All about paywalls
In this week's newsletter, the first instalment of our look at how paywalls interact with search. Shelby outlines what types of paywalls exist and how they affect news SEO
Hello, friends! Welcome back to another issue. It’s Shelby behind the keyboard hot off buying eight new houseplants over the weekend. You can find me in my newly-created apartment jungle.
I also got to enjoy a delicious berries and lemon cake courtesy of Jessie in celebration for us hitting 2,000 subscribers. It was delicious, moist, and I didn't at all have a sugar coma for 12 hours after.
This week, we’ll go through paywalls, paywalled content and how that affects SEO, and next week, we will dive into strategy. If you have questions about how paywalls intersect with SEO and search, be sure to send them to us!
Join our Slack community to talk about news SEO any time with over 350 audience editors in 21 time zones across the world.
Let’s get into it.
In this issue:
What is a paywall?
How do SEO and paywalls work?
SEO considerations with a paywall
What is a paywall?
A paywall is a method used to restrict access to content on a website with a purchase of a paid subscription.
Paywalls became prevalent in the news space around 2010 as a response to the gradual decline in print advertising and readership (over here at WTF is SEO?, even though we’re big fans of the internet and saving trees, we still love our print product. Pick one up when you can).
Paywalls exist for a variety of reasons, but the main motivation is the business need: revenue. News organizations need money to produce their stories and pay their writers and editors. As the way we consume information changes, so do our methods to pay.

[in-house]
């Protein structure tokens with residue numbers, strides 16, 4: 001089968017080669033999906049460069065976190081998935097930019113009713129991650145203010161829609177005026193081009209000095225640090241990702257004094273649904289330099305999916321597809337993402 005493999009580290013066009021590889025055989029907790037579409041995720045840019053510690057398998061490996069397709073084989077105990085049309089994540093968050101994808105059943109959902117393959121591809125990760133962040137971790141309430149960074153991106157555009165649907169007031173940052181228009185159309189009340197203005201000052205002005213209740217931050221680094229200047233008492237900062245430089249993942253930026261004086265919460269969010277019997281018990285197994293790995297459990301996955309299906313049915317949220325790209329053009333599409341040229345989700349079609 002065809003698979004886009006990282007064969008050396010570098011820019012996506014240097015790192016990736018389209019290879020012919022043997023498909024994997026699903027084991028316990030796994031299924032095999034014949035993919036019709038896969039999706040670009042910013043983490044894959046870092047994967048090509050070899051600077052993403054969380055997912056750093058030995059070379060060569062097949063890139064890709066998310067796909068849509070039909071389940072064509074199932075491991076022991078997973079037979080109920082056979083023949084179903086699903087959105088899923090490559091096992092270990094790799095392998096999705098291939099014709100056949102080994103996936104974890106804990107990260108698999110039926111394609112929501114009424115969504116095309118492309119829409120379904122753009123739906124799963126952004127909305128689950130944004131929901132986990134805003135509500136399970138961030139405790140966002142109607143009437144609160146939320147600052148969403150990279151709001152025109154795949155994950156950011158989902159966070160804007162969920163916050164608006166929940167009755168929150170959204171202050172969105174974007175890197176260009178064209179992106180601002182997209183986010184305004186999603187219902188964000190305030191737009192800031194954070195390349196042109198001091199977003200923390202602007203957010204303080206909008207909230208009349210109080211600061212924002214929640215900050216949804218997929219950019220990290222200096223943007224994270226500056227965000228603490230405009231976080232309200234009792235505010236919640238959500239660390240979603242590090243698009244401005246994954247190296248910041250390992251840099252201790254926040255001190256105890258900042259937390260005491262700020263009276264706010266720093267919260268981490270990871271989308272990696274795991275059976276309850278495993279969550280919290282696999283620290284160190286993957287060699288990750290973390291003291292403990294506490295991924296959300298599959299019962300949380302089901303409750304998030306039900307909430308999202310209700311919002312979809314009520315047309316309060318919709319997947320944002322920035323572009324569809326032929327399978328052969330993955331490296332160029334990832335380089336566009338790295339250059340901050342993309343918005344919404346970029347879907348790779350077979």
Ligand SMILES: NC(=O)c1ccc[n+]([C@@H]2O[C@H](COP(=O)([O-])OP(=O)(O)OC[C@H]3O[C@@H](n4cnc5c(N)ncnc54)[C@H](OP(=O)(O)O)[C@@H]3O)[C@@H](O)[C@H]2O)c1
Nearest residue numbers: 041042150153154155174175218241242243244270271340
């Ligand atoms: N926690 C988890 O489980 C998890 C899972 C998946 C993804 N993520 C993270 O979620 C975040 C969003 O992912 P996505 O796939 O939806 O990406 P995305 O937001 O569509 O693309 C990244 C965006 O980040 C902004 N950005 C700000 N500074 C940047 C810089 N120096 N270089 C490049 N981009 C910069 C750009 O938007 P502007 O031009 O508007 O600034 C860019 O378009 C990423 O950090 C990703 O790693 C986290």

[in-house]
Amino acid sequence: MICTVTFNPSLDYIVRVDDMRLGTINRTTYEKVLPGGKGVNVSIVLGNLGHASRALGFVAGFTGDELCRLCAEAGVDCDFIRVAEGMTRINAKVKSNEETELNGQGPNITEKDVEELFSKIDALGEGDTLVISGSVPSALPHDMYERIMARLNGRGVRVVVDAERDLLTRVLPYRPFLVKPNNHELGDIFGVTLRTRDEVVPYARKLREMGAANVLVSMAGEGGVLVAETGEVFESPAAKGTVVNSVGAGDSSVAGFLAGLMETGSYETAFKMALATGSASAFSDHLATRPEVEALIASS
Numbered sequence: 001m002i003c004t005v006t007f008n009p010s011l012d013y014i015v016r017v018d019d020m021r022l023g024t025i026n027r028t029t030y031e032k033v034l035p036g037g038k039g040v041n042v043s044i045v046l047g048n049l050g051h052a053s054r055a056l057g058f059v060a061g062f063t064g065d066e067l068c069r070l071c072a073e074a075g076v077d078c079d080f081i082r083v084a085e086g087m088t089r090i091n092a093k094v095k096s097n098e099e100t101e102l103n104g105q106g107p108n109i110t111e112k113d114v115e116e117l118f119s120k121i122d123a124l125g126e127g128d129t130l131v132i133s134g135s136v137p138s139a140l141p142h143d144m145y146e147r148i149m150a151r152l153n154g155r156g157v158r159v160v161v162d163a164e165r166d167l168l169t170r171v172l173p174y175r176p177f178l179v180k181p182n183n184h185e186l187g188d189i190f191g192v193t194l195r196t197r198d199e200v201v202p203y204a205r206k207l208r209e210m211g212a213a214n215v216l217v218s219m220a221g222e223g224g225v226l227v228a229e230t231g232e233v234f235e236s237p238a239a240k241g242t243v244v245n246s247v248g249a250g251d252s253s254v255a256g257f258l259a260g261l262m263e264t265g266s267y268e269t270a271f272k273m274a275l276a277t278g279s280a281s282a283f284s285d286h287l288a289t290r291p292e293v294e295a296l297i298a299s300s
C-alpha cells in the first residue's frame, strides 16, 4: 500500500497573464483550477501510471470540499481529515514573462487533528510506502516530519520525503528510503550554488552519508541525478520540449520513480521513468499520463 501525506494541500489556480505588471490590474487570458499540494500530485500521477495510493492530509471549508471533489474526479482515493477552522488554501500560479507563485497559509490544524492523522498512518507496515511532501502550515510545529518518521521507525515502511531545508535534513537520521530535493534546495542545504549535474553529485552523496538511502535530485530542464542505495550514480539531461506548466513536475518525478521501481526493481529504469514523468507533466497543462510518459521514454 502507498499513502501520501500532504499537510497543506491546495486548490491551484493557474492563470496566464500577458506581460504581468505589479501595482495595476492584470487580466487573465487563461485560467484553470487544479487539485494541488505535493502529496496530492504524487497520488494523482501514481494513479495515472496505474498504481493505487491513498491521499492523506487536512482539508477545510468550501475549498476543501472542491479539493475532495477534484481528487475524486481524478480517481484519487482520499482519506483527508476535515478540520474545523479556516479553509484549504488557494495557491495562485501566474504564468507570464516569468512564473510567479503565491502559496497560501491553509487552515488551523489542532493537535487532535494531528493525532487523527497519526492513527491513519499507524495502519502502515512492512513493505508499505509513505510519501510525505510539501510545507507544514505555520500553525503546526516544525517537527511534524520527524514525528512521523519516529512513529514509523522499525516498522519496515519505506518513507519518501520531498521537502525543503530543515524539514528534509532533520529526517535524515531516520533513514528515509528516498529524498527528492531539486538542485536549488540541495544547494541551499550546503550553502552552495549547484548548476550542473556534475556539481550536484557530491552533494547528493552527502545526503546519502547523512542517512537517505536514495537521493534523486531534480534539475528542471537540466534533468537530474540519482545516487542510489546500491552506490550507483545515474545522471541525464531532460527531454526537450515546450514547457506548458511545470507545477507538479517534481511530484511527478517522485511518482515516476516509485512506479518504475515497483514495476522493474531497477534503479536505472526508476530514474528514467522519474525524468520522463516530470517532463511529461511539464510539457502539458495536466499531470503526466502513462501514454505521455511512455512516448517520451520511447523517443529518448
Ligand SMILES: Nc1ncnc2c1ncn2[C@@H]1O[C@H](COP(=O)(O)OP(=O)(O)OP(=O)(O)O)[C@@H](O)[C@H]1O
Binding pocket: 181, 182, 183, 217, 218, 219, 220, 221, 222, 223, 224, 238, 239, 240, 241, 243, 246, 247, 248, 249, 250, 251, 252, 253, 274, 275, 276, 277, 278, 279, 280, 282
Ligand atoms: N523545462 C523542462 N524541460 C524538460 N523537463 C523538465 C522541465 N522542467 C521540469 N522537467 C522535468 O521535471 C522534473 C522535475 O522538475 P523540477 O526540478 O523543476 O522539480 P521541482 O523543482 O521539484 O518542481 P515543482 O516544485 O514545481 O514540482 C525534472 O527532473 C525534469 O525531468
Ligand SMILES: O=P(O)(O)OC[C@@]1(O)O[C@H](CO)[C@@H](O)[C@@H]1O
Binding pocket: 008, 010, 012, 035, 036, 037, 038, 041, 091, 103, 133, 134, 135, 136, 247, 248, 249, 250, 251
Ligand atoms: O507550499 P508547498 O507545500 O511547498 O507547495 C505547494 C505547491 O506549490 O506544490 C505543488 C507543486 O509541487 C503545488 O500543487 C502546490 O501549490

Types of paywalls
There are a few different types of paywalls news organizations can choose between, and each type allows a different level of access.
Hard paywalls require a paid subscription to access any content. The stories can only be accessed through purchase. This usually includes a registered account on the respective publisher’s site.
Soft paywalls give you partial access to a piece or a group of content before restricting the access. One version is metered paywall, which gives access to a specific number of articles before hitting a threshold that triggers the need for a paid subscription (that threshold is chosen by the publisher – some will use 20, some 10, some only one or two). The Globe and Mail and The New York Times both use metered paywalls. Another option is the “lead-in,” where you get to read a snippet of an article before having to sign in to read the rest.
Combination paywalls are also known as freemium paywalls. It includes allowing free access to some content while keeping select stories behind the wall for exclusive access. The choice as to which content goes behind the paywall is entirely up to the publisher, but is usually decided based on niche, authority, expertise or value to the reader.
Nota bene: In 2008, Google implemented “first click free,” where publishers that had paywalls were required to give access to at least three articles per day that could be accessed by Google News and search. If publishers chose not to let any articles accessible to Google’s web crawlers, they were penalized by being dropped in rankings. This practice was discontinued later in 2017 when Google said they would provide additional tools and resources to publishers around using subscriptions with news content. Google has since said they care more about providing the best information than whether that information is behind a paywall (but this remains a contentious issue).